API with NestJS #148. Understanding the injection scopes

JavaScript NestJS

This entry is part 148 of 156 in the API with NestJS

When a NestJS application starts, it creates instances of various classes, such as controllers and services. By default, NestJS treats those classes as singletons, where a particular class has only one instance. NestJS then shares the single instance of each provider across the entire application’s lifetime, creating a singleton provider scope.

If you want to know more about the Singleton pattern, check out JavaScript design patterns #1. Singleton and the Module

The singleton scope fits most use cases. Thanks to creating just one instance of each provider and sharing it with all consumers, NestJS can cache them and increase performance. However, in some cases, we might want to change the default behavior.

The request scope

To change the default provider scope, we must provide the property to the decorator.


Thanks to adding , our is initialized every time a user makes an HTTP request handled by a controller that uses this service.

Using the request object

The object contains information about the HTTP request made to our API. Since our service is request-scoped, we can access the object.


It’s very common to implement authentication using JSON Web Tokens using the Passport library. With this approach, the information about the logged-in user is attached to the object.

If you want to know more about authentication with NestJS, check out API with NestJS #3. Authenticating users with bcrypt, Passport, JWT, and cookies

To access the information about the user, we should create an interface that extends the interface imported from the Express library.


Using the type from Prisma we can tell TypeScript that property includes the fetched through a relationship.

We’ve used this interface in other parts of our application before.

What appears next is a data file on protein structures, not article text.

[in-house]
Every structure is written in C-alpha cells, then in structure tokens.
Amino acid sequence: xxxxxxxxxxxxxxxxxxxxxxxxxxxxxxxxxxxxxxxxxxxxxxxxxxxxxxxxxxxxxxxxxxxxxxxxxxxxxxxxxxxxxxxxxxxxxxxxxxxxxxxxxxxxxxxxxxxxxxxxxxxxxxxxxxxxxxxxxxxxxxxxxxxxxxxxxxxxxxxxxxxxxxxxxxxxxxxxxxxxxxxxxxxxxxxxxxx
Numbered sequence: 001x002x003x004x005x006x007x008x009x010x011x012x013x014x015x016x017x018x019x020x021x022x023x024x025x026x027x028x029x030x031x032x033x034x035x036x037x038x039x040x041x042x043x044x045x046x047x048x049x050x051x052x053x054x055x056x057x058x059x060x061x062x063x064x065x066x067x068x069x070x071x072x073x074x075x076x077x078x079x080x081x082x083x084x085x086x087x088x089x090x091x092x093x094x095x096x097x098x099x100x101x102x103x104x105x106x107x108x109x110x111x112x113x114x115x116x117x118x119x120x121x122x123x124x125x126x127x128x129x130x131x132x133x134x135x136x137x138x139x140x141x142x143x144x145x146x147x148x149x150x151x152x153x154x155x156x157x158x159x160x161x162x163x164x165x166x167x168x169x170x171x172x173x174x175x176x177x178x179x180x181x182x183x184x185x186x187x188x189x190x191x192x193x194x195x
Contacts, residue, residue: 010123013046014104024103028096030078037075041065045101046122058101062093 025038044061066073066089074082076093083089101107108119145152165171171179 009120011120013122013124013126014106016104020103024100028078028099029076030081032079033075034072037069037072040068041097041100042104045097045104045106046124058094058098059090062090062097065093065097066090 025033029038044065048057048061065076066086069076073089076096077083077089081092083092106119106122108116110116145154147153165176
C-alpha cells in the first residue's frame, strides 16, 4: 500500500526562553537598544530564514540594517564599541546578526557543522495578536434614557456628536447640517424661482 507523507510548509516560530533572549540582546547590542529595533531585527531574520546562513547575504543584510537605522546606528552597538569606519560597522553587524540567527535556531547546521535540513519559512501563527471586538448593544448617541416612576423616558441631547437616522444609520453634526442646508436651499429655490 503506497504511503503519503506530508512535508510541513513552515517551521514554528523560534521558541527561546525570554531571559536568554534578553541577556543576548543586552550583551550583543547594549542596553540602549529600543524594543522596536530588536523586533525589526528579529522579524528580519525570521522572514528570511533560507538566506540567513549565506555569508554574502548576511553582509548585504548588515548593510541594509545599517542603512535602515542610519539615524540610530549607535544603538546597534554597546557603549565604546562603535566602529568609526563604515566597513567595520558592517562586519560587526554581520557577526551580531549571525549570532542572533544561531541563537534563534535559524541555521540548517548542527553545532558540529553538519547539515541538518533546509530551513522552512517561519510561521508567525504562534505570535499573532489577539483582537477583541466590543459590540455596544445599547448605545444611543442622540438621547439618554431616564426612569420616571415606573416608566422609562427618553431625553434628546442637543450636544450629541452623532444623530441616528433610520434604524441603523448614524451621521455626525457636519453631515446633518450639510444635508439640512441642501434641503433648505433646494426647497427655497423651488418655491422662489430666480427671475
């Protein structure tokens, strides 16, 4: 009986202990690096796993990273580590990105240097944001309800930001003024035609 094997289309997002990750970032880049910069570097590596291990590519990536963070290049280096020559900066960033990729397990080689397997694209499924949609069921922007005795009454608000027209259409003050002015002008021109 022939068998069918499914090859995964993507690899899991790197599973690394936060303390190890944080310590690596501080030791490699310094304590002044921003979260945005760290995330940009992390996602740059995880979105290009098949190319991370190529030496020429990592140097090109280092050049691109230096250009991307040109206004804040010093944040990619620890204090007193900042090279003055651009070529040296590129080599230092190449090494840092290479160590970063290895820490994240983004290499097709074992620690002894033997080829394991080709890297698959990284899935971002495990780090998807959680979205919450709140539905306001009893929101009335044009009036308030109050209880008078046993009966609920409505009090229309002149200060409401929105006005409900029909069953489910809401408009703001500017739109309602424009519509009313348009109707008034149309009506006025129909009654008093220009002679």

In the above case, the property is always defined thanks to using the . If we want our to handle a situation when the user is not logged in, we can modify the and make the property optional. One way to do that would be to use the type-fest library.


We can now use our service in a controller, for example.


We need to remember, though, that the property will not be defined if we don’t use the , which requires the user to be logged in.

The scope hierarchy

A significant downside to having a request-scoped provider is that a controller that depends on a request-scoped provider is also request-scoped. Therefore, the is request-scoped because it uses the , which is request-scoped.

Using request-scoped providers will affect our application’s performance. Even though NestJS relies on cache under the hood, it still has to create an instance of each request-scoped provider. Therefore, we should use request-scoped providers sparingly if performance is one of our priorities.

The transient scope

When implementing logging, it’s a good practice to create a separate instance of the class for each of our services. This way, we can provide the context to the constructor.


Thanks to this approach, we see that a particular log comes from the .

If you want to know more about logging in NestJS, check out API with NestJS #113. Logging with Prisma or API with NestJS #50. Introduction to logging with the built-in logger and TypeORM

With the default singleton scope, a single provider instance is shared across the entire application. However, with the transient scope, each provider receives a dedicated instance. We can use this to create a smart logger service.


Thanks to using , we can access the parent class that used our . Because of that, we no longer need to manually provide the name of each class every time we want to use the logger.


NestJS creates an instance of the specifically for the . The is aware that it was created specifically for the and creates a new instance of the .


In this article, we’ve discussed injection scopes and their use. With the request scope, we can create services and controllers that are reinitialized for each request. This can come in handy when we want to react to request headers, including the JSON Web Token. However, to avoid performance issues, we need to avoid overusing request-scoped providers.

With transient-scoped providers, we can create a dedicated instance for each consumer. This can be useful when we want to configure our service differently for various consumers. To understand that, we created a logger service that is configured based on the provider that imports it.

The knowledge of various injection scopes can definitely come in handy when dealing with various more advanced use cases in NestJS.

Series Navigation<< API with NestJS #147. The data types to store money with PostgreSQL and PrismaAPI with NestJS #149. Introduction to the Drizzle ORM with PostgreSQL >>
Notify of
1 Comment
Newest Most Voted
Inline Feedbacks
View all comments
2 months ago

OMG! This is pure gold! Thank you very much for this information!